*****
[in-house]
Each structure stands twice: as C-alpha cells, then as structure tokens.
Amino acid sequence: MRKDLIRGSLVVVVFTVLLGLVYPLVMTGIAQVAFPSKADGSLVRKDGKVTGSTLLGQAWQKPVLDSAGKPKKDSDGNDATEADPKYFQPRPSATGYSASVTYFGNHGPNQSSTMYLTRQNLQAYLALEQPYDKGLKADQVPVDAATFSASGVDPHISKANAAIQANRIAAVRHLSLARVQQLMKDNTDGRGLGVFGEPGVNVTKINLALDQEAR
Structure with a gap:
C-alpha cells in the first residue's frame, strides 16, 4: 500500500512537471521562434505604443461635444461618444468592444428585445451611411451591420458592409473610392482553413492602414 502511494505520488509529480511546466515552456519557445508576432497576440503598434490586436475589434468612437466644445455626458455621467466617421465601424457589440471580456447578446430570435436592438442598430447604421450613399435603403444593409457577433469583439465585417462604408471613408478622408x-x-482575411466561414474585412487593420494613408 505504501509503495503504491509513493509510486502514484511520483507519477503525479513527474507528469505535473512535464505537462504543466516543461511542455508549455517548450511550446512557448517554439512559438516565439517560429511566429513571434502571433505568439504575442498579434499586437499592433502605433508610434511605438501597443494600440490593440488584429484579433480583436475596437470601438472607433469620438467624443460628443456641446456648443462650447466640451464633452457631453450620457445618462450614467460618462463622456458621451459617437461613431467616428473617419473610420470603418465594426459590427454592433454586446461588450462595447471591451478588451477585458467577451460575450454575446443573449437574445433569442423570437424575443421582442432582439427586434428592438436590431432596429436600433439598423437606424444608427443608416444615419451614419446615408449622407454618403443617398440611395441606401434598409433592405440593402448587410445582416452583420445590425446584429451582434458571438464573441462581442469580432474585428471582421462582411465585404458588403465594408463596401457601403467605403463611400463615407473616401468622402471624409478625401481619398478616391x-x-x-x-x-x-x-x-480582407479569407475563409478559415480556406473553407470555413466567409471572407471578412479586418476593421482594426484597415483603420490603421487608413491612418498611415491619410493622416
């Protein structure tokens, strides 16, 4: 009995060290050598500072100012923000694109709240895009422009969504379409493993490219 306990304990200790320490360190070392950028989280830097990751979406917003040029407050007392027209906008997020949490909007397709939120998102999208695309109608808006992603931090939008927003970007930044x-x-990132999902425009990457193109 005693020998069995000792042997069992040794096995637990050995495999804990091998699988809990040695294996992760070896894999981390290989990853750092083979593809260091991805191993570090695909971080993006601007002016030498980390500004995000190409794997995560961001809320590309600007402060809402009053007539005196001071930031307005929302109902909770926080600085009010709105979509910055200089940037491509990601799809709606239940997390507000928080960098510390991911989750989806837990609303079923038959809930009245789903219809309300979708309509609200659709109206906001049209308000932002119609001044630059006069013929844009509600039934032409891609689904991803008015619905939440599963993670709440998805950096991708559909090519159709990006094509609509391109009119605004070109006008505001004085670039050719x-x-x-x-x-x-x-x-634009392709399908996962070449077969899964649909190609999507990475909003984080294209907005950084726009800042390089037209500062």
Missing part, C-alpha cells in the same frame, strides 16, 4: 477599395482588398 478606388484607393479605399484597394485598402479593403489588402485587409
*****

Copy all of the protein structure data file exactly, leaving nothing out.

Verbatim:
[in-house]
Each structure stands twice: as C-alpha cells, then as structure tokens.
Amino acid sequence: MRKDLIRGSLVVVVFTVLLGLVYPLVMTGIAQVAFPSKADGSLVRKDGKVTGSTLLGQAWQKPVLDSAGKPKKDSDGNDATEADPKYFQPRPSATGYSASVTYFGNHGPNQSSTMYLTRQNLQAYLALEQPYDKGLKADQVPVDAATFSASGVDPHISKANAAIQANRIAAVRHLSLARVQQLMKDNTDGRGLGVFGEPGVNVTKINLALDQEAR
Structure with a gap:
C-alpha cells in the first residue's frame, strides 16, 4: 500500500512537471521562434505604443461635444461618444468592444428585445451611411451591420458592409473610392482553413492602414 502511494505520488509529480511546466515552456519557445508576432497576440503598434490586436475589434468612437466644445455626458455621467466617421465601424457589440471580456447578446430570435436592438442598430447604421450613399435603403444593409457577433469583439465585417462604408471613408478622408x-x-482575411466561414474585412487593420494613408 505504501509503495503504491509513493509510486502514484511520483507519477503525479513527474507528469505535473512535464505537462504543466516543461511542455508549455517548450511550446512557448517554439512559438516565439517560429511566429513571434502571433505568439504575442498579434499586437499592433502605433508610434511605438501597443494600440490593440488584429484579433480583436475596437470601438472607433469620438467624443460628443456641446456648443462650447466640451464633452457631453450620457445618462450614467460618462463622456458621451459617437461613431467616428473617419473610420470603418465594426459590427454592433454586446461588450462595447471591451478588451477585458467577451460575450454575446443573449437574445433569442423570437424575443421582442432582439427586434428592438436590431432596429436600433439598423437606424444608427443608416444615419451614419446615408449622407454618403443617398440611395441606401434598409433592405440593402448587410445582416452583420445590425446584429451582434458571438464573441462581442469580432474585428471582421462582411465585404458588403465594408463596401457601403467605403463611400463615407473616401468622402471624409478625401481619398478616391x-x-x-x-x-x-x-x-480582407479569407475563409478559415480556406473553407470555413466567409471572407471578412479586418476593421482594426484597415483603420490603421487608413491612418498611415491619410493622416
């Protein structure tokens, strides 16, 4: 009995060290050598500072100012923000694109709240895009422009969504379409493993490219 306990304990200790320490360190070392950028989280830097990751979406917003040029407050007392027209906008997020949490909007397709939120998102999208695309109608808006992603931090939008927003970007930044x-x-990132999902425009990457193109 005693020998069995000792042997069992040794096995637990050995495999804990091998699988809990040695294996992760070896894999981390290989990853750092083979593809260091991805191993570090695909971080993006601007002016030498980390500004995000190409794997995560961001809320590309600007402060809402009053007539005196001071930031307005929302109902909770926080600085009010709105979509910055200089940037491509990601799809709606239940997390507000928080960098510390991911989750989806837990609303079923038959809930009245789903219809309300979708309509609200659709109206906001049209308000932002119609001044630059006069013929844009509600039934032409891609689904991803008015619905939440599963993670709440998805950096991708559909090519159709990006094509609509391109009119605004070109006008505001004085670039050719x-x-x-x-x-x-x-x-634009392709399908996962070449077969899964649909190609999507990475909003984080294209907005950084726009800042390089037209500062």
Missing part, C-alpha cells in the same frame, strides 16, 4: 477599395482588398 478606388484607393479605399484597394485598402479593403489588402485587409